MARCH 1, 2014

 

"Hope is both the earliest and the most indispensable virtue inherent in the state of being alive.  If life is to be sustained hope must remain, even where confidence is wounded, trust impaired." Erik Erikson


Hello Alums and friends.
          

Best wishes to each of you in this winter of "winters".  But behold, "sunshine always follows rain."


On February 13th I left Tarboro headed for Greensboro.  When I drove on to US Bypass 64 West I popped a Dinah Washington CD into the system.  The music was a delight. Real oldies.  The pronunciation and diction were distinctive and understandable.  Moreover, each song told a story or addressed a life situation.  While not a musician, I could distinguish the instrumentation in the songs - strings, percussions, bass and so on.  The drive was relaxing.


Some 60 plus minutes into the trip and near Chapel Hill, Track #16 - This Bitter Earth - came on.  I had never really listened to the words of this song so intently:

 

This bitter earth
Well, what fruit it bears
What good is love
Mmmm that no one shares
And if my life is like the dust
Oooh that hides the glow of a rose
What good am I
Heaven only knows

Lord, this bitter earth
Yes, can be so cold
Today you're young
Too soon, you're old
But while a voice within me cries
I'm sure someone may answer my call
And this bitter earth
Ooooo may not
Oh be so bitter after all
 

For the next thirty miles or so into Burlington I listened to the two minute and thirty-second song over and over.  I decided that the song told my story and perhaps your story too.  Let me share.


This bitter earth bore me three beautiful children.  A son and two daughters.  While God, in his infinite wisdom, took my son at the age of four months in 1969, he has allowed my two girls to stay with me into my winter season of life.  My oldest has given to me two wonderful grandsons.  During my life as I have shared their love I have been so fortunate to share my love with a host of family – spouse, siblings, in-laws, nieces, nephews, cousins  as well as a sundry of fiends.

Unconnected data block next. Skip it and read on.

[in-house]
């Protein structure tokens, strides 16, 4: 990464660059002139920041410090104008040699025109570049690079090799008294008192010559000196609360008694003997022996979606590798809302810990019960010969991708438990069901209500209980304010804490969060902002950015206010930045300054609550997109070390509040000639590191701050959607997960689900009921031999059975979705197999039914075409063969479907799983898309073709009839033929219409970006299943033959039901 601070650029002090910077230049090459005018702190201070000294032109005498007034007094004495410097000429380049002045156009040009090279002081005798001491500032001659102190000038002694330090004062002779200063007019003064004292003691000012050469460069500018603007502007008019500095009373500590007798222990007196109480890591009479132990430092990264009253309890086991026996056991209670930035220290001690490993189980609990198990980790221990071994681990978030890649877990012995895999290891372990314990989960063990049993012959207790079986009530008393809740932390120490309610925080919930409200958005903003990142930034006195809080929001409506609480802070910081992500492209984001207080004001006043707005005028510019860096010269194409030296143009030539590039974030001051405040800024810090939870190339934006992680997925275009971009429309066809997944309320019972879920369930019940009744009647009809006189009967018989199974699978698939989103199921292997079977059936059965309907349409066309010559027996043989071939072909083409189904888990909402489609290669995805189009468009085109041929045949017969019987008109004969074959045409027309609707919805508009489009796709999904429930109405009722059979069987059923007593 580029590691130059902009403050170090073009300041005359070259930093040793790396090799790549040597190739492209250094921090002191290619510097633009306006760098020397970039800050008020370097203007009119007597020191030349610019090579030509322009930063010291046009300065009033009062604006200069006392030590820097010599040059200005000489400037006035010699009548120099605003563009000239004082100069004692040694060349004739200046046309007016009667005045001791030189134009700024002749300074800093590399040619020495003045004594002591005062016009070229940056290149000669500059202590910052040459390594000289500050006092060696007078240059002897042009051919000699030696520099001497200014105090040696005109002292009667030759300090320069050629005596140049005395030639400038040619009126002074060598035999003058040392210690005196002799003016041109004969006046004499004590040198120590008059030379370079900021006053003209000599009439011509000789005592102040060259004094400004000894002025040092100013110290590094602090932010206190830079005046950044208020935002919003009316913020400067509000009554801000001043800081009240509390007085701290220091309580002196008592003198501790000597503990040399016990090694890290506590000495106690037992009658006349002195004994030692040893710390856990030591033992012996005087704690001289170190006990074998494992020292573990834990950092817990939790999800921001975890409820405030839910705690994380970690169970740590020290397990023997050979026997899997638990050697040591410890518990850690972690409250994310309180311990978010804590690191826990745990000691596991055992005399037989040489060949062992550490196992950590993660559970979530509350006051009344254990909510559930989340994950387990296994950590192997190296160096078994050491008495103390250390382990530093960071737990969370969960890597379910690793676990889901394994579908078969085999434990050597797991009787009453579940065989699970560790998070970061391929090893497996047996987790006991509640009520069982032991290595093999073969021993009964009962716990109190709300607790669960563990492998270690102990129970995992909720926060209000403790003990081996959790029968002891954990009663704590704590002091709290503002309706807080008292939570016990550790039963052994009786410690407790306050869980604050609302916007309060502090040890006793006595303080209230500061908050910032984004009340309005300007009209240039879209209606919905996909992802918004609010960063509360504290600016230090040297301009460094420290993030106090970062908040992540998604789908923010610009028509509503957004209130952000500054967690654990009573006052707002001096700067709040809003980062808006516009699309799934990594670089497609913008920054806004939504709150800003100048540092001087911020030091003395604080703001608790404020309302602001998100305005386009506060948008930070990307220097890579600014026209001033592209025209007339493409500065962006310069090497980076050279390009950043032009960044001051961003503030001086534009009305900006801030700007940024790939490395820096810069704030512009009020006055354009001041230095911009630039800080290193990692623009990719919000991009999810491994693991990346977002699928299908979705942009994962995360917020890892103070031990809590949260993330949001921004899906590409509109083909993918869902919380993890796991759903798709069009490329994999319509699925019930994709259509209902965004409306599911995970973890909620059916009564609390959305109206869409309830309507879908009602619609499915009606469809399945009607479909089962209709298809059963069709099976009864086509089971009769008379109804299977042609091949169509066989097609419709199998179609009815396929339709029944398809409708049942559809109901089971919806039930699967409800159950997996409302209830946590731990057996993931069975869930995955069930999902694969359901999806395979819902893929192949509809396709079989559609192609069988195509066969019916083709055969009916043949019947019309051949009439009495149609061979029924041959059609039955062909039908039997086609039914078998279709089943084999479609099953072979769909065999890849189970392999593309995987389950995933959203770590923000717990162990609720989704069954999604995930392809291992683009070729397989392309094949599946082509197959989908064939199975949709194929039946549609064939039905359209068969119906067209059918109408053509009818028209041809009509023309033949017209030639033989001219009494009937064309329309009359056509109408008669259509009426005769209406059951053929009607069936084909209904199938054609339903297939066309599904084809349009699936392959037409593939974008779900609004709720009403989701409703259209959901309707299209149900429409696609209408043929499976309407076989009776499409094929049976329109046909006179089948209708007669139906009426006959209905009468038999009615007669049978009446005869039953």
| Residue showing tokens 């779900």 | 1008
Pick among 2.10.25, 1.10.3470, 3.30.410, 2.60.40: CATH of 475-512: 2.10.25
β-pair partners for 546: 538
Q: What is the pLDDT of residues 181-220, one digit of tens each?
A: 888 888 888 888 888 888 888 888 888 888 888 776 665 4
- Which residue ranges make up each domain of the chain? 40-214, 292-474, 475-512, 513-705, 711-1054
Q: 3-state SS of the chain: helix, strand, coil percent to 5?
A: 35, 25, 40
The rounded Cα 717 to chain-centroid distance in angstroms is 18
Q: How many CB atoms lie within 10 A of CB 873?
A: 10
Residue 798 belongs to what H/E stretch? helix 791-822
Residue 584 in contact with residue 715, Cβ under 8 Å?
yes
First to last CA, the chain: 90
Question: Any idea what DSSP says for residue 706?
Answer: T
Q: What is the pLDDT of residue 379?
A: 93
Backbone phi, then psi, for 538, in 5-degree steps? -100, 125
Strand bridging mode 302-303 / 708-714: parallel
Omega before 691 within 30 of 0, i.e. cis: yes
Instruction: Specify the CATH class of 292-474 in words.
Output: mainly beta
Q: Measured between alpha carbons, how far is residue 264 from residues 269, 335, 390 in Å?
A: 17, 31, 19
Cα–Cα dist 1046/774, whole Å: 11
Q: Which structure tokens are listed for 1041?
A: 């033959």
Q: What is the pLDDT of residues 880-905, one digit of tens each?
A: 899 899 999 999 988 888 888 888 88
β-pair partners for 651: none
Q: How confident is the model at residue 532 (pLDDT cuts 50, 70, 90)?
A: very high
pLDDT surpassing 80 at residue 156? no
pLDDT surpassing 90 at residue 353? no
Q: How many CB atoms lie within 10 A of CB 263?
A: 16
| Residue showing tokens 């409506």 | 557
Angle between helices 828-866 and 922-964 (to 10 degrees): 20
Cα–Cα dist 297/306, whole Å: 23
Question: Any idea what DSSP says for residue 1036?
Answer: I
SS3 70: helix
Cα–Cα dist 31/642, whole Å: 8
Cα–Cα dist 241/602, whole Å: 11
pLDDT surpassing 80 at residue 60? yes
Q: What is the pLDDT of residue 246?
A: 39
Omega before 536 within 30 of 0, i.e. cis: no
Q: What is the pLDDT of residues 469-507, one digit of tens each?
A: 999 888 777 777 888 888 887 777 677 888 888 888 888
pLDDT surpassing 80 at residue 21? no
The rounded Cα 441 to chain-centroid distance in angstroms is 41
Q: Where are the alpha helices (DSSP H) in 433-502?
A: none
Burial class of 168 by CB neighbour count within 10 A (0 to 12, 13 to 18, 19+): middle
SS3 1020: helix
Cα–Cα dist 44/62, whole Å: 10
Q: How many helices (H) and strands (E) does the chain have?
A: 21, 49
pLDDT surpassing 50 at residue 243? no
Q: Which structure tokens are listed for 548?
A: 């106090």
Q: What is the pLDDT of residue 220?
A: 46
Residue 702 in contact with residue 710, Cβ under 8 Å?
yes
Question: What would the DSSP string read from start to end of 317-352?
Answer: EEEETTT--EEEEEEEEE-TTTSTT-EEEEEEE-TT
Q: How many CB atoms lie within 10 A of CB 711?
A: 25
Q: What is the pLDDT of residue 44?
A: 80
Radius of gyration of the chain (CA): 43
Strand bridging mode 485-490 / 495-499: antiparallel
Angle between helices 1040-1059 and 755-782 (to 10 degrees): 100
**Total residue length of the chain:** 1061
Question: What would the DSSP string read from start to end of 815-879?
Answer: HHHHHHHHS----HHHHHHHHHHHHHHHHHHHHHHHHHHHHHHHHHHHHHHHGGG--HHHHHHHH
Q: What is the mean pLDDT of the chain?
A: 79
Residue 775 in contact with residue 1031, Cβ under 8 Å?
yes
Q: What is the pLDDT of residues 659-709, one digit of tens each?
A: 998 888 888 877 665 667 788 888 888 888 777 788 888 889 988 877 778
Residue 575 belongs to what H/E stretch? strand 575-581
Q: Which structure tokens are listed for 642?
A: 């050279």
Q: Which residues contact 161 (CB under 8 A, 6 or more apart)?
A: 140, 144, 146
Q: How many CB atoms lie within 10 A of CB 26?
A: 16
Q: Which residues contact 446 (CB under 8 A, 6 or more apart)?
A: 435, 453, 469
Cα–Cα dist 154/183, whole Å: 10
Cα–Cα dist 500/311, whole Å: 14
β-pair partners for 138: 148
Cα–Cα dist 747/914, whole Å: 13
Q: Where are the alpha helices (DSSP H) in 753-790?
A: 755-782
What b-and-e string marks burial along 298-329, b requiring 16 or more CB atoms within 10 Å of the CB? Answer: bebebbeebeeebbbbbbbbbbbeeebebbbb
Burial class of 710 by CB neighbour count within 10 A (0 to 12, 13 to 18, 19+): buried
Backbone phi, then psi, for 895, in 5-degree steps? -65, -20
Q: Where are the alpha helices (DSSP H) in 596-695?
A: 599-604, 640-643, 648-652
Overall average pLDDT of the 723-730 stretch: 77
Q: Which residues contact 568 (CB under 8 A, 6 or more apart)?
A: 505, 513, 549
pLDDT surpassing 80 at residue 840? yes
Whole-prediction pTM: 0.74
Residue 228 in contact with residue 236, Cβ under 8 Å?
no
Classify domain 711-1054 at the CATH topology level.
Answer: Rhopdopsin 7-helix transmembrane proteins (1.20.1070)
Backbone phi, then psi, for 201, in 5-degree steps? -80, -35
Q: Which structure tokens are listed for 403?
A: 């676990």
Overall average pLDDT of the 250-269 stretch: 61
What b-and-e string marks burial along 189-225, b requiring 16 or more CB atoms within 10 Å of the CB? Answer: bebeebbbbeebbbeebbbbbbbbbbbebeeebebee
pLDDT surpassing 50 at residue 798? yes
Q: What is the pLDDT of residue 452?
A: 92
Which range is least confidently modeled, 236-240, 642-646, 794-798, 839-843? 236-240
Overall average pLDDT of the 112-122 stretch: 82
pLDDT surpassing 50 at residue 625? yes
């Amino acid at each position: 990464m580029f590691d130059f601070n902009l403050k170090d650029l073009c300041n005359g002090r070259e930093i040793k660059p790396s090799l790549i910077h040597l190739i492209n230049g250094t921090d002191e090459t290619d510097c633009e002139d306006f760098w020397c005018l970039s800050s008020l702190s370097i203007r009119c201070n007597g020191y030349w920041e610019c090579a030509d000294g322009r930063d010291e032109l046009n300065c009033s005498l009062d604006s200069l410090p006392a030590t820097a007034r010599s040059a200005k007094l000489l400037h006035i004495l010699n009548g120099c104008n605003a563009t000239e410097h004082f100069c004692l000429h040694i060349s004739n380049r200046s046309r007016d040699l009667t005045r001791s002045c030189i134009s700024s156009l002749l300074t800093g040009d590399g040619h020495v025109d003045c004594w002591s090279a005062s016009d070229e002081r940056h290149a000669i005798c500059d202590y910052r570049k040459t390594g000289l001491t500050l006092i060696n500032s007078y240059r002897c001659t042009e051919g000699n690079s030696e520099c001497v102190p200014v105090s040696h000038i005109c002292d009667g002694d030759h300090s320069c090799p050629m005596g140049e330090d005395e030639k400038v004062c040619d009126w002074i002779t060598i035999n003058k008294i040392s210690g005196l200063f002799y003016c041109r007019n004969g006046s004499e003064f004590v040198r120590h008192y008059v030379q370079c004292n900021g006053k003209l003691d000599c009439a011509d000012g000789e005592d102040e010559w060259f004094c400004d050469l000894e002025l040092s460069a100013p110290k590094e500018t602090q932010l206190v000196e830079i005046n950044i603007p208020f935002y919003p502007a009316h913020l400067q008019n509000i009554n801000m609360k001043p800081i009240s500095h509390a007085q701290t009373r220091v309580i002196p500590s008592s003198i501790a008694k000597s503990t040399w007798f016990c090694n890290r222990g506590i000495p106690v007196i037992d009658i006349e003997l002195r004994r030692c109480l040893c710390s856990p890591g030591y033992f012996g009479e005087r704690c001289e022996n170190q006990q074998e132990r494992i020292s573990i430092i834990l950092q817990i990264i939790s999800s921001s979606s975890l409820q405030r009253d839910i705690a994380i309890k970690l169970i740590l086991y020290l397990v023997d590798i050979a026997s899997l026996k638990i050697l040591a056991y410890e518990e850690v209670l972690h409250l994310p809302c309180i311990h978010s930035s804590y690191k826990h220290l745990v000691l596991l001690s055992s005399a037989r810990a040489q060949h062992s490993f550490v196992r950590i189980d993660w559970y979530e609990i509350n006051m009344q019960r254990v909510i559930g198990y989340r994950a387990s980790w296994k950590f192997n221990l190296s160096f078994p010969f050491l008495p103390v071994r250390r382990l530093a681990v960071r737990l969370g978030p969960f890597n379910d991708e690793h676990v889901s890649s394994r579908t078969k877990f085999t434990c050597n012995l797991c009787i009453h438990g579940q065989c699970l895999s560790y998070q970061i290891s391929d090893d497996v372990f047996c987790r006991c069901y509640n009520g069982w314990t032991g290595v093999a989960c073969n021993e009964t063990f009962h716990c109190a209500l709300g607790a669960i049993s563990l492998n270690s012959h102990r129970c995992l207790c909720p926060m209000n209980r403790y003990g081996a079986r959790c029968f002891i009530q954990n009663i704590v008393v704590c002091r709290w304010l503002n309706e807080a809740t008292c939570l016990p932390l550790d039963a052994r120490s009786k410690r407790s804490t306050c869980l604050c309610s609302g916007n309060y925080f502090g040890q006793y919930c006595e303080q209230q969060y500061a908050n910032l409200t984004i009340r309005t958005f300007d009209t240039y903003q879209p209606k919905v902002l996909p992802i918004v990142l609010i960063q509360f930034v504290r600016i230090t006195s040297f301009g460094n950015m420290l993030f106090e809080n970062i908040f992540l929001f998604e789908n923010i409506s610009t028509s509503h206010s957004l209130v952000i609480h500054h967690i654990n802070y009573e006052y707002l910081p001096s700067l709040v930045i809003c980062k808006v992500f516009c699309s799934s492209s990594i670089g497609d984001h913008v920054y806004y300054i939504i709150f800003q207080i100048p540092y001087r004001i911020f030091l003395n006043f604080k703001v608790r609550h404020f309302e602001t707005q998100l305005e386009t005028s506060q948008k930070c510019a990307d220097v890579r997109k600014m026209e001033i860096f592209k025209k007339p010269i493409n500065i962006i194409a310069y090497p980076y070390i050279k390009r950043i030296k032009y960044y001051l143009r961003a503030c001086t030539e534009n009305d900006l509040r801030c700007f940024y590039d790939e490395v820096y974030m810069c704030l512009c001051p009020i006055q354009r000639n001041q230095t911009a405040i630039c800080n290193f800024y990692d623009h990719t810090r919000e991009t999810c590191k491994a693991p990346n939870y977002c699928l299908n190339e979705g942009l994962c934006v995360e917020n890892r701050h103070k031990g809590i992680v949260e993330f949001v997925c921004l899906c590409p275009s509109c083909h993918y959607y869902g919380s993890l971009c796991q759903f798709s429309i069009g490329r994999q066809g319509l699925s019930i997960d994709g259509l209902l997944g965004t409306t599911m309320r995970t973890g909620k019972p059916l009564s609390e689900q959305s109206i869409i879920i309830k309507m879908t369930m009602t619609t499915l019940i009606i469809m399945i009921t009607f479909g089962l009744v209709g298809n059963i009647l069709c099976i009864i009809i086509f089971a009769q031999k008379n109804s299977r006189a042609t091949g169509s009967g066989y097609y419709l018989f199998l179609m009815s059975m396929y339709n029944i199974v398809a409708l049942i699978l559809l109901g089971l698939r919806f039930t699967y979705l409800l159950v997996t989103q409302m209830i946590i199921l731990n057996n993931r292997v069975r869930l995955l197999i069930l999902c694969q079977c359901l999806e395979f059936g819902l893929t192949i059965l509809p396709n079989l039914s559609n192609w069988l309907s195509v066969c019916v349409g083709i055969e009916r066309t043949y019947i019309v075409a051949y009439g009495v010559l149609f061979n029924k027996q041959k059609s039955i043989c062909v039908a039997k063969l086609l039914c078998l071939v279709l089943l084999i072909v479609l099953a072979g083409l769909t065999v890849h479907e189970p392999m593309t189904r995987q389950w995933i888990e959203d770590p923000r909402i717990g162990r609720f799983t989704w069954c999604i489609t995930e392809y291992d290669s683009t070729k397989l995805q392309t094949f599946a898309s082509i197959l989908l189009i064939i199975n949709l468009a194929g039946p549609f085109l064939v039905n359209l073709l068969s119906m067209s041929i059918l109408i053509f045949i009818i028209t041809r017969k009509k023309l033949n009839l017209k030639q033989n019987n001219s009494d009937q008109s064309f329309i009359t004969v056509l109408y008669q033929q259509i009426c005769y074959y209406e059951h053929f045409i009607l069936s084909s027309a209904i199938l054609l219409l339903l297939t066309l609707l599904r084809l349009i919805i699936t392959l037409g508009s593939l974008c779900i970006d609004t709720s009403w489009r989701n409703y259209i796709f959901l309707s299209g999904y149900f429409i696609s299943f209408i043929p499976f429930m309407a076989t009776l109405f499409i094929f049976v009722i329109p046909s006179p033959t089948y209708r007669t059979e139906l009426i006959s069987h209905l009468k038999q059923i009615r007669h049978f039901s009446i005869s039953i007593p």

The speaker at my high school graduation remarked: “Everyone has a candle to be lit.  Find your candle and light it for the whole world to see.”  I hope that my life has not been like the dust that hides the glow of a rose.  I hope that my life has been a beacon of service and a ray of godliness for all.  


Yes, this bitter earth has been cold at times.  During the Summer season of my life I struggled to raise and support a family while fighting  against the biases of the society. I wondered, at times, why this albatross around my neck.  Now,  I feel that the Fall of my life was a measure of my youthful struggles.  A testament to my contributions to the society. Yes, in this “Winter of my life,” there is voice within me that cries for the answer to the question: "Have I lived a meaningful life?"  I believe that God has answered my call in the 30th Chapter of Psalms, the 5th verse: 


"For his anger endureth but a moment; in his favour is life: weeping may endure for a night, but joy cometh in the morning."


In life we find ourselves reaping that which we have sown. God’s principle of reaping and sowing is one that is unchanging. If we have spent our energy in sowing good seeds then, “in the morning,” this bitter earth Ooooo may not Oh be so bitter after all.


God Bless You!


~Fred~